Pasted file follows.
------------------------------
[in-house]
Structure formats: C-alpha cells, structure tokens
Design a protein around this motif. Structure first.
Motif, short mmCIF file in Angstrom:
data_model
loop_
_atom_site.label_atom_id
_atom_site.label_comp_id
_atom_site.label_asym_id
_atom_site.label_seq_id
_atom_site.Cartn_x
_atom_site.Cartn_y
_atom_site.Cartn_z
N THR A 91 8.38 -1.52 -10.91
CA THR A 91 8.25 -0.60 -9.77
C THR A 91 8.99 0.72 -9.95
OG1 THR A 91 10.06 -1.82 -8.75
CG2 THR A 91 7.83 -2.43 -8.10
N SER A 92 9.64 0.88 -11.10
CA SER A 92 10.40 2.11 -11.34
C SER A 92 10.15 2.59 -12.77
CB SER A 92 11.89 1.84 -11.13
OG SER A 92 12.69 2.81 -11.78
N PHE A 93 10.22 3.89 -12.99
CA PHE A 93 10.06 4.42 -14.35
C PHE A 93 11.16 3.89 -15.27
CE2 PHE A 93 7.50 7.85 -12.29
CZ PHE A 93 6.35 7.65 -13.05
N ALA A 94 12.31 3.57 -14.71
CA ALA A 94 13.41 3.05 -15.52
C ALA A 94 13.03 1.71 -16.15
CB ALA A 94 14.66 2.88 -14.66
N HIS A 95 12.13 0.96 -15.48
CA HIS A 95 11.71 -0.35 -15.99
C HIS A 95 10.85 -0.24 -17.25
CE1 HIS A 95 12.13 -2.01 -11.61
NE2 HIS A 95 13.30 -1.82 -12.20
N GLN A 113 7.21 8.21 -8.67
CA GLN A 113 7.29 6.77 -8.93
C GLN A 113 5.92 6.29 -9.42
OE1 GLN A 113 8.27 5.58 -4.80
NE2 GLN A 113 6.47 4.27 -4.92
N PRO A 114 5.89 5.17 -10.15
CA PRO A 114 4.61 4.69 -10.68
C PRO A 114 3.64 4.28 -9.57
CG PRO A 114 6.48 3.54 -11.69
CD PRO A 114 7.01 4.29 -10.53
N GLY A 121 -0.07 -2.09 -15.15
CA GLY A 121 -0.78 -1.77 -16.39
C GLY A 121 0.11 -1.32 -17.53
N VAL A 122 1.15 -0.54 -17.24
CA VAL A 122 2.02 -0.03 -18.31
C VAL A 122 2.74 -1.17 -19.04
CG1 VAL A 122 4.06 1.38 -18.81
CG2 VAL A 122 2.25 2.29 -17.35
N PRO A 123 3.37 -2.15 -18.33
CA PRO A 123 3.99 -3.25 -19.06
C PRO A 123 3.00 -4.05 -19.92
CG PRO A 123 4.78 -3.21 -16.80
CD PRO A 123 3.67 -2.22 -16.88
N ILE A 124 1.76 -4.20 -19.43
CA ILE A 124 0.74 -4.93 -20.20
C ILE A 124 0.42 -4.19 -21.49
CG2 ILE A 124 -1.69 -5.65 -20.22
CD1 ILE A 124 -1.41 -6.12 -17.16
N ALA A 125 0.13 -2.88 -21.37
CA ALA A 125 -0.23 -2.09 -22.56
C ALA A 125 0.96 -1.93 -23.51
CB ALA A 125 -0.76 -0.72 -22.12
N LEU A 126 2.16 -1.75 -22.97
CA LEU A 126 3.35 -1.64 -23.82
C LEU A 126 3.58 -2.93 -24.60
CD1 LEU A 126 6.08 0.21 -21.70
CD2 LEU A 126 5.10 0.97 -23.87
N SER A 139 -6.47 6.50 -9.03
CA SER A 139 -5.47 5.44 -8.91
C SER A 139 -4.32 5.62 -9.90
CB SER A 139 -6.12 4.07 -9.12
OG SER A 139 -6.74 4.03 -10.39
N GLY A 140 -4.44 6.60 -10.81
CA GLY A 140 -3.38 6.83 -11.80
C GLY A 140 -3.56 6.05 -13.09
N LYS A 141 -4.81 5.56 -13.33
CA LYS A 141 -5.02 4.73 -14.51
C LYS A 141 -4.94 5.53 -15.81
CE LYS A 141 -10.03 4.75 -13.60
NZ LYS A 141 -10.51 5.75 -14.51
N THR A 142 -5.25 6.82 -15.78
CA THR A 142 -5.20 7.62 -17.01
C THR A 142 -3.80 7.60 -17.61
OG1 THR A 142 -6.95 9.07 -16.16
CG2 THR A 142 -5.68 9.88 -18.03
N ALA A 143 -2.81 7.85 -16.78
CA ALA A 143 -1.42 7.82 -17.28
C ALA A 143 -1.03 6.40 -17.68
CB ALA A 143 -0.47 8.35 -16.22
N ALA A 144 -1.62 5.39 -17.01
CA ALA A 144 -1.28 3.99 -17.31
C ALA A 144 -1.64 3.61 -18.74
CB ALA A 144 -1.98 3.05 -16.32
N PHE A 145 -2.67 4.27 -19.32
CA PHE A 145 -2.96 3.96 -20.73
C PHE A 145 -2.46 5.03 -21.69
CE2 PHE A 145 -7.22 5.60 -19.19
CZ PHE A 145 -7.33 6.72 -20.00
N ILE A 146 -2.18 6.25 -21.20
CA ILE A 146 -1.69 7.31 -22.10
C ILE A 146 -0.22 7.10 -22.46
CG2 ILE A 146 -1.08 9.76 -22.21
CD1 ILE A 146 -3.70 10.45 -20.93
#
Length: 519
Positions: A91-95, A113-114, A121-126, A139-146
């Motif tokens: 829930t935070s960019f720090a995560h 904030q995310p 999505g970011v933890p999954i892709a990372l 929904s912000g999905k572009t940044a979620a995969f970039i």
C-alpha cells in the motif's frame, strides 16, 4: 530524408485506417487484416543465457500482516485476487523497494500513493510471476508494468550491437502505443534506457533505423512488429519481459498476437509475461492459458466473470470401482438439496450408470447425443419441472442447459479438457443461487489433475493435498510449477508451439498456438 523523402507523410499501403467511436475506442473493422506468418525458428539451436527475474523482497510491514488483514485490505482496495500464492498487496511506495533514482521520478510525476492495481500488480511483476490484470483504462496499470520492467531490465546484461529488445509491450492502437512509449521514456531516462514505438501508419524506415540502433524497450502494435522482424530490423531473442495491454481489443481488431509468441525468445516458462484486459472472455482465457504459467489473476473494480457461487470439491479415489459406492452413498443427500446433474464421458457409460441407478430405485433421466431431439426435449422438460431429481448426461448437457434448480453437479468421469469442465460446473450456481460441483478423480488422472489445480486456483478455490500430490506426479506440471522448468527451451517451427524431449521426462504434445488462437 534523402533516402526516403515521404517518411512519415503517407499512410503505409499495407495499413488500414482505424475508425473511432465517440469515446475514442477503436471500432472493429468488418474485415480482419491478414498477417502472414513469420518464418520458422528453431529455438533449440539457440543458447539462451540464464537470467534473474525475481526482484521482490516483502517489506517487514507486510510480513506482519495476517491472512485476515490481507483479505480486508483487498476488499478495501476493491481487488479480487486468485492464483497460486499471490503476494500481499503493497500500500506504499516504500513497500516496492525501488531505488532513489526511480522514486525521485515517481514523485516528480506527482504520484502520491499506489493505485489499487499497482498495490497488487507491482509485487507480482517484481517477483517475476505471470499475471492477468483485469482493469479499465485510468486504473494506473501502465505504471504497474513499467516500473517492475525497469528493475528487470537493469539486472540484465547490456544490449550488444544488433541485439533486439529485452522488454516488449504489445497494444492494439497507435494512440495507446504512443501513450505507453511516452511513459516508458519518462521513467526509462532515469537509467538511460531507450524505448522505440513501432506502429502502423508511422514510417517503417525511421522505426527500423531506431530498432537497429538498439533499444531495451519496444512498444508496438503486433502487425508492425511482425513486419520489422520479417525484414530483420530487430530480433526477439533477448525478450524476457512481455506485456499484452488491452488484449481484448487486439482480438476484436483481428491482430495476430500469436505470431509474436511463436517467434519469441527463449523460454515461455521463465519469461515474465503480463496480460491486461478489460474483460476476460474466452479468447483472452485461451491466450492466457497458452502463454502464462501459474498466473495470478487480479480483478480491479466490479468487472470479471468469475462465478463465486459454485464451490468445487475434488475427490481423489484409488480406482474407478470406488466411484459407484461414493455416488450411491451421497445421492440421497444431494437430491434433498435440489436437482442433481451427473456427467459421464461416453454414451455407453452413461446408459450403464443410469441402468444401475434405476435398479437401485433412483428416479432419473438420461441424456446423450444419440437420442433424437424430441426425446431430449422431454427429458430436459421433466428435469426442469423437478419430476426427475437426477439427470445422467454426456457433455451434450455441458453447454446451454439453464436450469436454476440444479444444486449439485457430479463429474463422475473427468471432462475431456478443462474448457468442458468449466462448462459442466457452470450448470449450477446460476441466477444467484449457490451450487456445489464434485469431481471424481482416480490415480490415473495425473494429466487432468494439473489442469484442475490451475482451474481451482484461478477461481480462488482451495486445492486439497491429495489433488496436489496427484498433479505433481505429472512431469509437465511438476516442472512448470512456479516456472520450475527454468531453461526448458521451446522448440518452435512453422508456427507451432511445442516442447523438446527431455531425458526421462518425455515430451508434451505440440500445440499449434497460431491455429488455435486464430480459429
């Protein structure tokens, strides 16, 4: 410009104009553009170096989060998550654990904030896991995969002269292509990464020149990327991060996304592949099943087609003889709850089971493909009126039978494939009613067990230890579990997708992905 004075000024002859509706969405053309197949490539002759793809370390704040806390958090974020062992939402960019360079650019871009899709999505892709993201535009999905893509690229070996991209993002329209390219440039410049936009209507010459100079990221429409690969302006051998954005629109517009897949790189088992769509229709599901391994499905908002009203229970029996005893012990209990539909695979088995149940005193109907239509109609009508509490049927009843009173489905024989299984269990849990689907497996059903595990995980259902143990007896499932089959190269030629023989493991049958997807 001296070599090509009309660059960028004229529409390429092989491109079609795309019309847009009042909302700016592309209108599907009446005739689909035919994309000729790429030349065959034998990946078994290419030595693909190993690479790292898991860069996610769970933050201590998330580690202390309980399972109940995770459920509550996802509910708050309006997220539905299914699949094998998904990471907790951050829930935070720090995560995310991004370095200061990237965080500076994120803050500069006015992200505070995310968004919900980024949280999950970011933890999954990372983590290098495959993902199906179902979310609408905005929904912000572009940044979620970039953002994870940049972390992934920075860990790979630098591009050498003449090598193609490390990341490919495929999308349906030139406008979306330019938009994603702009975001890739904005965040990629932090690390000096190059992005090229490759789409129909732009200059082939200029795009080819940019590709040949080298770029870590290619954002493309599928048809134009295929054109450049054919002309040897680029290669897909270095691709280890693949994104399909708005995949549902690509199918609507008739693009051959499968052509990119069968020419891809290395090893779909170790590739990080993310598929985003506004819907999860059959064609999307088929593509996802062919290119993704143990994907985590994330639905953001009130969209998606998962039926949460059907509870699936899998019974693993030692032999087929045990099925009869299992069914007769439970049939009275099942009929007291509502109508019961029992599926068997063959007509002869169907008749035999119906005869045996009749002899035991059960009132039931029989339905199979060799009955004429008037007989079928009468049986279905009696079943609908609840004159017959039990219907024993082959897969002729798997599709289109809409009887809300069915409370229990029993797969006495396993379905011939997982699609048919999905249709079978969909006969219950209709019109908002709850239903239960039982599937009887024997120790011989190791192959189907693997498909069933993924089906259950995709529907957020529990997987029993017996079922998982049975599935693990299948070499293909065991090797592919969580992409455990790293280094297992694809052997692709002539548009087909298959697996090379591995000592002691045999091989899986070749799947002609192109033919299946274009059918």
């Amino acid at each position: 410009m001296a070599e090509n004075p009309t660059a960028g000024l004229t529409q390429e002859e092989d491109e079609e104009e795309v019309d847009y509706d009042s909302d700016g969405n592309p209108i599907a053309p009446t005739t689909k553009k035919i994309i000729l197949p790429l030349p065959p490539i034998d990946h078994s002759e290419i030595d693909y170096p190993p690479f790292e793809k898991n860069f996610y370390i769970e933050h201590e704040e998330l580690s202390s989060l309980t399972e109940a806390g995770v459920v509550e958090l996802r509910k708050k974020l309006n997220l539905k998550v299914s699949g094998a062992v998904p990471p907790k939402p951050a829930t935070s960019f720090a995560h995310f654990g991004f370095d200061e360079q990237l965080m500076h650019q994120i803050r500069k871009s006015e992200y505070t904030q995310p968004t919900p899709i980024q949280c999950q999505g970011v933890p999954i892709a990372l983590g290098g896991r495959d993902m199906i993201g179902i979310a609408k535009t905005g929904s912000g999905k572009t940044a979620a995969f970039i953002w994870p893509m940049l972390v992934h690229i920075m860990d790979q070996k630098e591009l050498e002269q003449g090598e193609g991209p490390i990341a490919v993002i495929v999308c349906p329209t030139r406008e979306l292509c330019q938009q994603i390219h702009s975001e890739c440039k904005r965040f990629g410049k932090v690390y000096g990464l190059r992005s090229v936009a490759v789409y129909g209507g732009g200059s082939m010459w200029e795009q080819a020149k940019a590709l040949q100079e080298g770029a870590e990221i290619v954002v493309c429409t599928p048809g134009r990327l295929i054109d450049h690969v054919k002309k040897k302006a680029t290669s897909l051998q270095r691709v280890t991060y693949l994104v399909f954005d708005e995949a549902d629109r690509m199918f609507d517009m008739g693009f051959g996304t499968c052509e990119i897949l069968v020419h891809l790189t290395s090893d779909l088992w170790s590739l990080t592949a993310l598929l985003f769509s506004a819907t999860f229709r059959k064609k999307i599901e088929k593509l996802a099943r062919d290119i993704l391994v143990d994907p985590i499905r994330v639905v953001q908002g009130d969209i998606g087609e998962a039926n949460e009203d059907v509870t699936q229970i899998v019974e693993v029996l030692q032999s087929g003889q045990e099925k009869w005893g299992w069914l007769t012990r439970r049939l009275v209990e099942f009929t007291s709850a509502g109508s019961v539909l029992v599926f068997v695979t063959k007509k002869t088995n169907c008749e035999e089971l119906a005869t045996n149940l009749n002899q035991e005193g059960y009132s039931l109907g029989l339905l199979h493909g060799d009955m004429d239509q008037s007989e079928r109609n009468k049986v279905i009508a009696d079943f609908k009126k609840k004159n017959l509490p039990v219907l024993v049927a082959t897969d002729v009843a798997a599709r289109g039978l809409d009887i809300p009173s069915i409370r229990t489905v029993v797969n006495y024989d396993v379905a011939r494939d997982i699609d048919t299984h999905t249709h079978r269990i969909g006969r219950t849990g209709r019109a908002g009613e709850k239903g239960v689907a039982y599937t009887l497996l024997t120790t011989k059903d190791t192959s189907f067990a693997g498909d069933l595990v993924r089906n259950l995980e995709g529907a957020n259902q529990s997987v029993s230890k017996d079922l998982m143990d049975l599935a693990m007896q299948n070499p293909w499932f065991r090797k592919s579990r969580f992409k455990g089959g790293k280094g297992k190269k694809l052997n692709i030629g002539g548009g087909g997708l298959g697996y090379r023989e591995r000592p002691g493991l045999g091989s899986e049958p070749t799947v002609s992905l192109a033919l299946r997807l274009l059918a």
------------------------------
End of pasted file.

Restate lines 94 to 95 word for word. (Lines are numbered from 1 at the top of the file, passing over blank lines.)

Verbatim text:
CA ALA A 143 -1.42 7.82 -17.28
C ALA A 143 -1.03 6.40 -17.68